The Professional Engineers Act (of Ontario, Canada) requires every license holder to have a seal issued by the PEO. This seal, traditionally a stamp, denotes the type of license held by the professional and is used to approve documents and drawings. The seal is to be used only by the practitioner to whom it is assigned and must be returned if the professional retires or resigns. More recently, electronic seals have been approved for use.
Use of the Seal[edit | edit source]
The Professional Engineer's Seal is used to approve documents and drawings before they are released to the public. The seal is used to mark final documents where the responsible engineer is confident the contents are complete and reliable. In properly sealing a document the engineer applies his or her seal and next to it signs and dates the document and specifies his or her area of responsibility. If multiple engineers are working on a project, each professional's seal is applied. Incorporated practices have corporate seals. The use of the seal is standard professional practice and is not optional.
Only professional documents require a seal. License holders should not seal documents with no technical content such as memos, letters and notes. Legal and business documents are also not sealed nor are government documents such as passport applications where the engineer is acting as a guarantor. The engineer's seal should not appear on promotional material such as logos, business cards or letterheads.
Significance[edit | edit source]
The use of an engineer's seal on a document assumes the engineer to take responsibility for the information enclosed. The seal represents that the document was competently prepared and its contents are reliable. It implies that the engineer has given serious consideration to the content of the document and assumes responsibility should the document later be found to contain errors. An engineer should only seal documents which he or she has prepared or have been prepared under his or her supervision. Sealing a document that has not been professionally prepared can result in professional misconduct charges and liability for corresponding losses. Before applying his or her seal to a document written by another individual, an engineer should thoroughly review the document, possibly performing a complete replication of the analysis.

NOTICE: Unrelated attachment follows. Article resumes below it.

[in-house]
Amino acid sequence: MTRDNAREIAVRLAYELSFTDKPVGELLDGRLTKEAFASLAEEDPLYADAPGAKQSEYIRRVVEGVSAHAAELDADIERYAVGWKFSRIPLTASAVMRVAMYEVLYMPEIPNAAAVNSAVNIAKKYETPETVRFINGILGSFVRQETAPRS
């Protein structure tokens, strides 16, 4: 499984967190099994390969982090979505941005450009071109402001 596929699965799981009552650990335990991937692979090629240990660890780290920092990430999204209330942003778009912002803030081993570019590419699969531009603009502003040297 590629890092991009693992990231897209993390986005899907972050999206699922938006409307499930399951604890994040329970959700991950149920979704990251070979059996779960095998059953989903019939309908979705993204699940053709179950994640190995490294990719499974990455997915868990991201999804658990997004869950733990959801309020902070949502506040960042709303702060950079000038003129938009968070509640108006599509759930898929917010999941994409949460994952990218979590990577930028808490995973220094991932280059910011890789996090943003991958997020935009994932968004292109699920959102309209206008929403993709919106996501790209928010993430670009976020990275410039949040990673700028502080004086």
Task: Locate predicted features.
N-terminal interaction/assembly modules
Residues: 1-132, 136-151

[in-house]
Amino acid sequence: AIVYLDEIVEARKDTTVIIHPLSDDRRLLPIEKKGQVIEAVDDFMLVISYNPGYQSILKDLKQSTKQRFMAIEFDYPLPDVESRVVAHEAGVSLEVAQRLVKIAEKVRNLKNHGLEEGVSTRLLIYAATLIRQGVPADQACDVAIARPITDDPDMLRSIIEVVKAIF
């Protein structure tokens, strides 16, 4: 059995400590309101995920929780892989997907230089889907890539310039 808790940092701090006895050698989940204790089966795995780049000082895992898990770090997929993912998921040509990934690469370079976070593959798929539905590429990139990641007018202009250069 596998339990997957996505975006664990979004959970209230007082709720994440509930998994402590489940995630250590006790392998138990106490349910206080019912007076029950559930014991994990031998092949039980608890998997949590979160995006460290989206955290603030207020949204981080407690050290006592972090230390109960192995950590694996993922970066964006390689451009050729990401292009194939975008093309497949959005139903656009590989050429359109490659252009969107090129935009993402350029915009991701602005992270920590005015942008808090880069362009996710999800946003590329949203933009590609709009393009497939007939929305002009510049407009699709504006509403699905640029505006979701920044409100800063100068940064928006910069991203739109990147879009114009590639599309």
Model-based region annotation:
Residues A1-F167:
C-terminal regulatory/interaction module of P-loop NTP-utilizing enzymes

Appearance[edit | edit source]
The current seal is circular, includes the license number of the practitioner, and identifies the practitioner as a "Licensed Professional Engineer". Previous seals identify the practitioner as "Registered Professional Engineer" and omit the practitioner's license number. Both seals are acceptable for current use.
Temporary and limited license holders have rectangular seals. These seals depict the scope of allowed practice, the expiry date of temporary licenses and the name of the professional engineer collaborating with the temporary license holder.
Bibliography[edit | edit source]
Gordon C. Andrews, Canadian Professional Engineering and GeoScience Practice and Ethics (Canada: Nelson Education Ltd, 2009), 49,110-113,116